Obscure Places on Mackinac Island

Every year, thousands of people come to Mackinac Island and visit such well-known places as Arch Rock, British Landing, Sugar Loaf, and Fort Mackinac. But have you ever visited Desha Mound, Langlade Craig, Echo Grotto, or Raymbault Height? These are just a few of the 212 named “places of interest” on the island listed by the Michigan Historical Commission in a 1916 travel bulletin.

Written by Frank O’Brien, the president of the Historical Commission, the small booklet was intended to “enable tourists to enjoy the various sights on the Island.” O’Brien did not aspire to write a new history of Mackinac, as he acknowledged that dozens of such works already existed, but provided each location with a brief description and a bit of historical background. In writing the guidebook, he utilized existing and historic names for some places, such as Biddle Point and Leslie Avenue, while creating entirely new names for others.

Many of the places identified by the guidebook remain well-known island landmarks, but others are definitely more obscure, and modern visitors might be hard-pressed to locate them. Some are located on private property. A few, such as Fairy Arch, the deer park, Rese Road, Gratiot Trail, and Scott’s Cave, simply do not exist anymore, having fallen prey to natural forces or 20th century human development on the island (Fairy Arch and Scott’s Cave were destroyed during erosion control efforts after World War II, the state park deer park behind Fort Mackinac was closed, and Rese Road and Gratiot Trail were obliterated by the construction of the Mackinac Island airport). Others are such minor “landmarks” that visitors may pass them without realizing that they ever warranted a formal name. Sinclair Grove, for example, was the name assigned to a “grove of arbor vitae” just east of Fort Mackinac. The Coureur de Bois Shelter, meanwhile, was described as a “natural spot of refuge; a knoll on bluff edge on path to Robinson’s Folly.”

In any case, the 1916 guidebook makes for an enjoyable look at tourism on Mackinac Island over a century ago. Enterprising modern visitors might want to see how many of the 212 named places they can find today!

(In case you were wondering: Desha Mound was a “small mound or knoll affording a fine vista of trees” in the vicinity of the Wawashkamo Golf Course and named after an American officer wounded in the Battle of Mackinac Island in 1814; Langlade Craig was a “projecting craig [large rock] above Hennepin Point, being about 40 feet high and of broken limestone” honoring Michilimackinac merchant Charles Langlade and located on the cliffs above M-185 near Arch Rock; Echo Grotto was a “recession of the bluff” between Robinson’s Folly and Dwightwood Spring where “visitors will note the echo of boat whistles; and Raymbault Height was a “view-point on the east bluff” located along Leslie Avenue and named after a 17th century Jesuit priest.)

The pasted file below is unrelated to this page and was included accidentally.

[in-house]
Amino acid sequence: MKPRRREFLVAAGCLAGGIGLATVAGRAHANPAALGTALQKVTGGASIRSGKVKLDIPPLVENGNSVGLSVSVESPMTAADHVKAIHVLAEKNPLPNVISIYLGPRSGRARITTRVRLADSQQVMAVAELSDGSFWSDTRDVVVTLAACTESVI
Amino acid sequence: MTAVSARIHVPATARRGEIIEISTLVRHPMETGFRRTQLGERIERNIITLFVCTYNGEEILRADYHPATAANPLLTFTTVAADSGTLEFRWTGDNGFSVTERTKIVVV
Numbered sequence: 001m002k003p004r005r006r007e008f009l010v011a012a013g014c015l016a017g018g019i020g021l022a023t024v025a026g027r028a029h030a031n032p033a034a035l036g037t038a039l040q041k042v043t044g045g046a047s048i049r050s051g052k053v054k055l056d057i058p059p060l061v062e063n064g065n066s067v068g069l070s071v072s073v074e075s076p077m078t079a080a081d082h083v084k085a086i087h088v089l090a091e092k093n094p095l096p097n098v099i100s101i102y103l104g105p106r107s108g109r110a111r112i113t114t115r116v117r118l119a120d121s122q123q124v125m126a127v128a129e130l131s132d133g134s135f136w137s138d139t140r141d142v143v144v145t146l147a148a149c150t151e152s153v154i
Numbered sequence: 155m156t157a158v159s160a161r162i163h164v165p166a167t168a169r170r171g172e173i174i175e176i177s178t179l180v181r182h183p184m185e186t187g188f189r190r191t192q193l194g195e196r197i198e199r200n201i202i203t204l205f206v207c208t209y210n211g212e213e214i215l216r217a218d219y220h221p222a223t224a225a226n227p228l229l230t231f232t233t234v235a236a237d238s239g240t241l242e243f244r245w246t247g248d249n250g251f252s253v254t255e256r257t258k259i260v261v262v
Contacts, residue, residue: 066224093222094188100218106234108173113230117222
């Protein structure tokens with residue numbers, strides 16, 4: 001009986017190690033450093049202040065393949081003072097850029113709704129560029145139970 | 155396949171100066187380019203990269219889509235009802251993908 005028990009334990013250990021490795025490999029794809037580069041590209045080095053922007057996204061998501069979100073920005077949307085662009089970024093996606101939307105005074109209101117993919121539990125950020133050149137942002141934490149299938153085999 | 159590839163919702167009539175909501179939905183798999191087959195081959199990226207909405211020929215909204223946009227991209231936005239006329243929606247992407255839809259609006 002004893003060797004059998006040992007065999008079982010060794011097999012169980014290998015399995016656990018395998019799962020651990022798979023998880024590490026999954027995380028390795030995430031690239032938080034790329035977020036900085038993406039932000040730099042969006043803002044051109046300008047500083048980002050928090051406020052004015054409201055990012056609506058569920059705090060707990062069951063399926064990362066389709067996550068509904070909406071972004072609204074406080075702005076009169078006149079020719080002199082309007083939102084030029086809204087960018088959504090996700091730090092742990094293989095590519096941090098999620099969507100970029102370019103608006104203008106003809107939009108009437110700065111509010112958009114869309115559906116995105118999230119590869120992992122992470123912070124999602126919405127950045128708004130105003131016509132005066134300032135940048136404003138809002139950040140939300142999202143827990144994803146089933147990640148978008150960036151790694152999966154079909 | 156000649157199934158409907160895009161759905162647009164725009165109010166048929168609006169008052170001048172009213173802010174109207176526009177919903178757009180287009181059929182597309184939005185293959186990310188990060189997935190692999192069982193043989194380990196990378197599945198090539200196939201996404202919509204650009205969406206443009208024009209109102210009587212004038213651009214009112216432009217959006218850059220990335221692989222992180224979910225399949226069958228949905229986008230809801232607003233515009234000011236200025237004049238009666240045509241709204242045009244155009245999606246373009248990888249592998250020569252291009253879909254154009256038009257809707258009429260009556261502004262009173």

3 Responses to “Obscure Places on Mackinac Island”

  1. Lisa Miller

    How do you get this guidebook? I want one for my school library as my 5th graders visit the island every year.

    • Dominick Miller

      Hi Lisa,

      This piece is now a part of our collection and is not something we actively market, as it contains areas that are now private property or no longer exist (it was published in 1916). We have maps available on our website, and tourism bureau also has good maps on its website (www.mackinacisland.org). The Historic Mackinac Island Visitor’s Guide is also a good resource for Mackinac Island State Park, and is available for $2 each.

      I hope this helps, and please do not hesitate to email or call if you have further questions. Thank you!

      Dominick Miller
      Marketing Manager
      Mackinac State Historic Parks


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